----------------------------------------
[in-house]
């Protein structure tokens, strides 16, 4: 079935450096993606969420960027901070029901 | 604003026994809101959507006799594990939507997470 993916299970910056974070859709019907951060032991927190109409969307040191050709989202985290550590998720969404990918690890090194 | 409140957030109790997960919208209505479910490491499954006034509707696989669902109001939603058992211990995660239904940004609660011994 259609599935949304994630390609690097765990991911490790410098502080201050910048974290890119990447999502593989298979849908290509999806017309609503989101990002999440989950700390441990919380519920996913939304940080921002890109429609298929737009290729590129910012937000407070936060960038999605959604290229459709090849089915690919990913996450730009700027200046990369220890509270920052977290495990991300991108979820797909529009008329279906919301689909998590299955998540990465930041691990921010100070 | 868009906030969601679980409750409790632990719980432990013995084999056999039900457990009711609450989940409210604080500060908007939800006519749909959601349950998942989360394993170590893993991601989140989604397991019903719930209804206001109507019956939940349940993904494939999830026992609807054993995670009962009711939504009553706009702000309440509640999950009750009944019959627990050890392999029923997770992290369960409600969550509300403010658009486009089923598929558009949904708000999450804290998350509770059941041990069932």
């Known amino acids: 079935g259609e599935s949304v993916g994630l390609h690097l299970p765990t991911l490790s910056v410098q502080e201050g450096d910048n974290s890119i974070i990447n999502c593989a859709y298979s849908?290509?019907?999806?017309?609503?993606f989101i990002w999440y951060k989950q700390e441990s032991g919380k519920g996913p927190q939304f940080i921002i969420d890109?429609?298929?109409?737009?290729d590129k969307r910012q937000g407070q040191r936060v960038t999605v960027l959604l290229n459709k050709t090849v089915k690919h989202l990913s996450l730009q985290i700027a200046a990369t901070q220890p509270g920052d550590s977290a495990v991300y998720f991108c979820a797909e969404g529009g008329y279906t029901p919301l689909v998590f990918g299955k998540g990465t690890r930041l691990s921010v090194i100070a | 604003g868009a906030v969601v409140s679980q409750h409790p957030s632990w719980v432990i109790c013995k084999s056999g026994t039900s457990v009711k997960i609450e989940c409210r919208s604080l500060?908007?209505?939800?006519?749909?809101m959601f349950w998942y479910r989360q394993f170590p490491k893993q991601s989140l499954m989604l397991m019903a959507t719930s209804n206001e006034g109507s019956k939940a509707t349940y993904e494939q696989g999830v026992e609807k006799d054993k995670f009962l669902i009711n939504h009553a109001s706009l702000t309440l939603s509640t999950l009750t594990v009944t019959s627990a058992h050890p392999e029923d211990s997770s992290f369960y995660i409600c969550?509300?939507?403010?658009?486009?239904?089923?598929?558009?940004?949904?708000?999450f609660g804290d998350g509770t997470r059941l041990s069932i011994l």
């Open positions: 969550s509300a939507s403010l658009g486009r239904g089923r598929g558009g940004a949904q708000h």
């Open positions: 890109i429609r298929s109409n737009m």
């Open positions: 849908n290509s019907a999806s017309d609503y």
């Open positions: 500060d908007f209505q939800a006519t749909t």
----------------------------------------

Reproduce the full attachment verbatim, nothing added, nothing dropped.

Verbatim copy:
[in-house]
């Protein structure tokens, strides 16, 4: 079935450096993606969420960027901070029901 | 604003026994809101959507006799594990939507997470 993916299970910056974070859709019907951060032991927190109409969307040191050709989202985290550590998720969404990918690890090194 | 409140957030109790997960919208209505479910490491499954006034509707696989669902109001939603058992211990995660239904940004609660011994 259609599935949304994630390609690097765990991911490790410098502080201050910048974290890119990447999502593989298979849908290509999806017309609503989101990002999440989950700390441990919380519920996913939304940080921002890109429609298929737009290729590129910012937000407070936060960038999605959604290229459709090849089915690919990913996450730009700027200046990369220890509270920052977290495990991300991108979820797909529009008329279906919301689909998590299955998540990465930041691990921010100070 | 868009906030969601679980409750409790632990719980432990013995084999056999039900457990009711609450989940409210604080500060908007939800006519749909959601349950998942989360394993170590893993991601989140989604397991019903719930209804206001109507019956939940349940993904494939999830026992609807054993995670009962009711939504009553706009702000309440509640999950009750009944019959627990050890392999029923997770992290369960409600969550509300403010658009486009089923598929558009949904708000999450804290998350509770059941041990069932």
């Known amino acids: 079935g259609e599935s949304v993916g994630l390609h690097l299970p765990t991911l490790s910056v410098q502080e201050g450096d910048n974290s890119i974070i990447n999502c593989a859709y298979s849908?290509?019907?999806?017309?609503?993606f989101i990002w999440y951060k989950q700390e441990s032991g919380k519920g996913p927190q939304f940080i921002i969420d890109?429609?298929?109409?737009?290729d590129k969307r910012q937000g407070q040191r936060v960038t999605v960027l959604l290229n459709k050709t090849v089915k690919h989202l990913s996450l730009q985290i700027a200046a990369t901070q220890p509270g920052d550590s977290a495990v991300y998720f991108c979820a797909e969404g529009g008329y279906t029901p919301l689909v998590f990918g299955k998540g990465t690890r930041l691990s921010v090194i100070a | 604003g868009a906030v969601v409140s679980q409750h409790p957030s632990w719980v432990i109790c013995k084999s056999g026994t039900s457990v009711k997960i609450e989940c409210r919208s604080l500060?908007?209505?939800?006519?749909?809101m959601f349950w998942y479910r989360q394993f170590p490491k893993q991601s989140l499954m989604l397991m019903a959507t719930s209804n206001e006034g109507s019956k939940a509707t349940y993904e494939q696989g999830v026992e609807k006799d054993k995670f009962l669902i009711n939504h009553a109001s706009l702000t309440l939603s509640t999950l009750t594990v009944t019959s627990a058992h050890p392999e029923d211990s997770s992290f369960y995660i409600c969550?509300?939507?403010?658009?486009?239904?089923?598929?558009?940004?949904?708000?999450f609660g804290d998350g509770t997470r059941l041990s069932i011994l």
């Open positions: 969550s509300a939507s403010l658009g486009r239904g089923r598929g558009g940004a949904q708000h």
């Open positions: 890109i429609r298929s109409n737009m």
């Open positions: 849908n290509s019907a999806s017309d609503y």
């Open positions: 500060d908007f209505q939800a006519t749909t």